Founded in 2013 by Bill Buchan, Marykirk.com is a Wireless Internet Service Provider (WISP) providing wireless-based Internet infrastructure for inhabitants of rural Aberdeenshire, Scotland. The WISP has more than 200 antenna installed over 300 square miles of very hilly, tree-covered terrain.
I don’t know about you, but £200 for this link? Bargain.
“We have the same growing pains that every other WISP has,” said Bill. “The balance between cost and reliability, distance and throughput, performance, etc. Our network backbone or backhaul is the bit that joins all the small bits together. Just like a spine. Just as critical.”
In January 2015, Marykirk decided to upgrade their backhaul and took delivery of the first three pairs of Mimosa B5 devices. Within days they were up and working and according to Bill, have not given serious bother in the 11 or so months since. The B5 radios reliably transport in excess of 800 Mbps, and Marykirk now has four pairs linking some of their largest transmission sites. “When Patrick at our reseller, MS Distribution, called and told me about the Mimosa B5-Lite - a smaller, cheaper brother of the B5 but still capable of shifting 500 Mbps or more - I immediately ordered six pairs,” said Bill. “Oh, I can’t praise MS Distribution enough. Without their support, we would have long folded. Good guys!” Marykirk took delivery of the first pair of B5-Lites in late August. “Nice little devices,” said Bill. “Physically much smaller and lighter than the units they will ultimately replace.”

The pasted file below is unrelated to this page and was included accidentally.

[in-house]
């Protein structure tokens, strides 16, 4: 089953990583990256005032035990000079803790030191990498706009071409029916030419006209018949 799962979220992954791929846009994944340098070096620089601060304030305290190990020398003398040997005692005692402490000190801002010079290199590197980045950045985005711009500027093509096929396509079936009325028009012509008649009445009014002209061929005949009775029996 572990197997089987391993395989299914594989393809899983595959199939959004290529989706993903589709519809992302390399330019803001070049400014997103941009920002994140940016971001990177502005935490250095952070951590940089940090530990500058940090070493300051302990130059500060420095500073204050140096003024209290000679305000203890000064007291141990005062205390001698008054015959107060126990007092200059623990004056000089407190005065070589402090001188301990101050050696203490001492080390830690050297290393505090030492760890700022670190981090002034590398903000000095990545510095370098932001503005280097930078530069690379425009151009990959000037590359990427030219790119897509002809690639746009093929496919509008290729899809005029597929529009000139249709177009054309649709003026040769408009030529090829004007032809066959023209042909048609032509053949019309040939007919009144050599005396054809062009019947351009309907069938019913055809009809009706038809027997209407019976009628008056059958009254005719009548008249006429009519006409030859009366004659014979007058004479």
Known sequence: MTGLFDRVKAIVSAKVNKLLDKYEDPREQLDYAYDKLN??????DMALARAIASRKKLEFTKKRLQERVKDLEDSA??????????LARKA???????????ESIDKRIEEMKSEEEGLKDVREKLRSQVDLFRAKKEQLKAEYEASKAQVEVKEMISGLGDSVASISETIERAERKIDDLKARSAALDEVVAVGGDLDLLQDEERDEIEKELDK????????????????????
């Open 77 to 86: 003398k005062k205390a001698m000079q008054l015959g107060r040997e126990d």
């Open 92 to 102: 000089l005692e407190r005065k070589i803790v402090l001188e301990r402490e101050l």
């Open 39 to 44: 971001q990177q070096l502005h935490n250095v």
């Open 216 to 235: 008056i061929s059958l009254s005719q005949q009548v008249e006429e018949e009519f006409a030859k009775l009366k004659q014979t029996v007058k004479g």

This little Mimosa B5-Lite link is the link that just keeps on working, day in, day out. It’s only really got 20db of SNR - the noise floor isn’t the usual -100db we see on empty air – it’s in a quite busy area. And we’re using (at this point in time) a whopping 0.9% of the link capacity.
In Marykirk’s installation, the B5’s have a maximum usable range of about 10 miles, and they expect that the B5-Lites will be around 5 miles or so. A future expansion plan could include getting connectorised B5’s that bolt onto the back of dishes and can go right up to 5 feet in diameter in order to to transmit 50 miles.
Bill Buchan was very interested to discover that the B5’s have GPS built right in. They use the GPS timing signal to predict exactly when the transmission packet will end - and give far better timing resolutions to the signals
in general. This works because both ends have access to the same clock which has a resolution measured in millionths of a second.
The Mimosa B5-Lite links are very stable, according to Bill. They have measured between 299 Mbps and 301 Mbps of actual transmission performance and have been stable for weeks on end.
“This little Mimosa B5-Lite link is the link that just keeps on working, day in, day out. It’s only really got 20db of SNR - the noise floor isn’t the usual -100db we see on empty air – it’s in a quite busy area. And we’re using (at this point in time) a whopping 0.9% of the link capacity,” said Bill. “I don’t know about you, but £200 for this link? Bargain.”